LOGAN SQUARE — More than 100 parents, kids and activists donned bright shirts and colorful signs Saturday as they marched through Logan Square for the 18th annual Walk for Peace.
“I’m worried about my students," said Olga Jimenez, a first grade teacher who attended with her family. "The stories that my kids tell are about shooting. It's about fighting. 'The police came to my neighborhood. Someone got killed on my street.' They shouldn’t be — at that age — experiencing that kind of violence."
Walkers convened at Richard Yates Elementary School, 1839 N. Richmond St., for speeches and prayers before setting out to canvass the neighborhood.
"I don’t know what you have heard."
"CeaseFire's come to spread the word."
Participants chanted as they weaved through residential streets and waved at cars along West North Avenue and North Humboldt Boulevard. Some clung to photos of people they've lost. Others carried homemade signs and red paper hearts.
"Put down the bullets."
"Pick up a book."
"I want to grow up."
"Let me grow up."
CeaseFire co-sponsored the walk, along with the Alliance of Local Service Organizations (ALSO) and the Neighborhood Recovery Initiative (NRI) in an effort to raise awareness of anti-violence methods. Though CeaseFire has been in the news lately for the dismissal of its former director, Tio Hardiman, who was recently arrested for domestic assault, participants wanted to shine a light on peace — something that can be hard to come by in a city that recorded more than 500 murders last year. On Friday and Saturday alone, at least 13 people were shot.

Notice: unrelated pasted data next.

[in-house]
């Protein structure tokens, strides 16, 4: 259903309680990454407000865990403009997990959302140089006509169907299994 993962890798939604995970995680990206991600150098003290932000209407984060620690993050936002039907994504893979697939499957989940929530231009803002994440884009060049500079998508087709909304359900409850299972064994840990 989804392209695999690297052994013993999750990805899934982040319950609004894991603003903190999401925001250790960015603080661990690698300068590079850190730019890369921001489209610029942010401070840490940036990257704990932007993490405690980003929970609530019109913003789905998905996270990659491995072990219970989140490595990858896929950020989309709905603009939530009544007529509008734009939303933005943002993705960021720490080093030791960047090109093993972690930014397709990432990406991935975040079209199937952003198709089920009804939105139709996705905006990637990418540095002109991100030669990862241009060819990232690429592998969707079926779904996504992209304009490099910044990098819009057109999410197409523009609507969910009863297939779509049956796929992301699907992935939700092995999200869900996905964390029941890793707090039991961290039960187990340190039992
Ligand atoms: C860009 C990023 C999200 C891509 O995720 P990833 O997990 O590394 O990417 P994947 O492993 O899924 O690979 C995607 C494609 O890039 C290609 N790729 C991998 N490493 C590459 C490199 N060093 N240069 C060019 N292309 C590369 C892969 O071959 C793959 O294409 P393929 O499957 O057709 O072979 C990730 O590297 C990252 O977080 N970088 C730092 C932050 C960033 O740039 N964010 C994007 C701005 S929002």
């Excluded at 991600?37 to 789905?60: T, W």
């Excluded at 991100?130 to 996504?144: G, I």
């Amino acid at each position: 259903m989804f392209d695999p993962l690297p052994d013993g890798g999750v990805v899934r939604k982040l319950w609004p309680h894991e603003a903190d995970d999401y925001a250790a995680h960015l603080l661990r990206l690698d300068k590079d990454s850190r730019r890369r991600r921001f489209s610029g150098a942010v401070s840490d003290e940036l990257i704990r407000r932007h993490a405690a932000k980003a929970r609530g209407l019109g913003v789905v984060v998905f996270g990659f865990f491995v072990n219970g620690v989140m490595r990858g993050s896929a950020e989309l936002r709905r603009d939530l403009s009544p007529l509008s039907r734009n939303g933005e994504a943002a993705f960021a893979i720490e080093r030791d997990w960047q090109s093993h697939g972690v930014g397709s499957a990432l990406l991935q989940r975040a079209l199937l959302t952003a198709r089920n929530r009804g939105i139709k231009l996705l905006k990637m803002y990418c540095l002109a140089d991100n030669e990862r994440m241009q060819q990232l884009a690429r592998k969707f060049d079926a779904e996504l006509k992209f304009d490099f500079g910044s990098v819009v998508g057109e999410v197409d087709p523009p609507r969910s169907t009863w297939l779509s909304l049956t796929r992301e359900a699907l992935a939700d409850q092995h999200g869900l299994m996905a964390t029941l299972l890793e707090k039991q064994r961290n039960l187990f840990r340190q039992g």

Lori Crowder, ALSO's executive director, said such partnerships could stem violence.
"If we work together then we may be able to provide an extra lifeline to these vulnerable young people," Crowder said. "Often times these young men and women aren’t in school. They aren’t employed — at least not in mainstream jobs. And they aren’t accessing services unless they’re mandated to do so by the courts."
Michael Hendricks, an 18-year-old Humboldt Park resident, said he's lost friends to gun violence.
"Hopefully [this walk] will get the slightest bit of hope back in the community," he said. "Maybe change can start."
Isaac Aguiniga, 20, said the walk really resonated with bystanders. People cheered him on, snapped photos and took videos on their phones.
“What we just did was really good for the neighborhood," said Aguiniga, who lives in Logan Square. "I've got little brothers, little cousins. I want them to have a safe neighborhood to grow up in."
After the walk, participants reconvened at Yates for the Celebration of Peace, a block party-style fete with live music, hotdogs and hamburgers.
"I used to live on the South Side of Chicago," Moniqwa McCoy, 17, said while she waited in line for snacks. "It was a very rough neighborhood, guns shooting everyday. One day you wake up, and your friend’s gone. That's somebody you’ve known your whole life.”
The Rev. Autry Phillips, a CeaseFire spokesman, said he was pleased with the turnout.
“We must teach our children how to say no to violence and yes to love."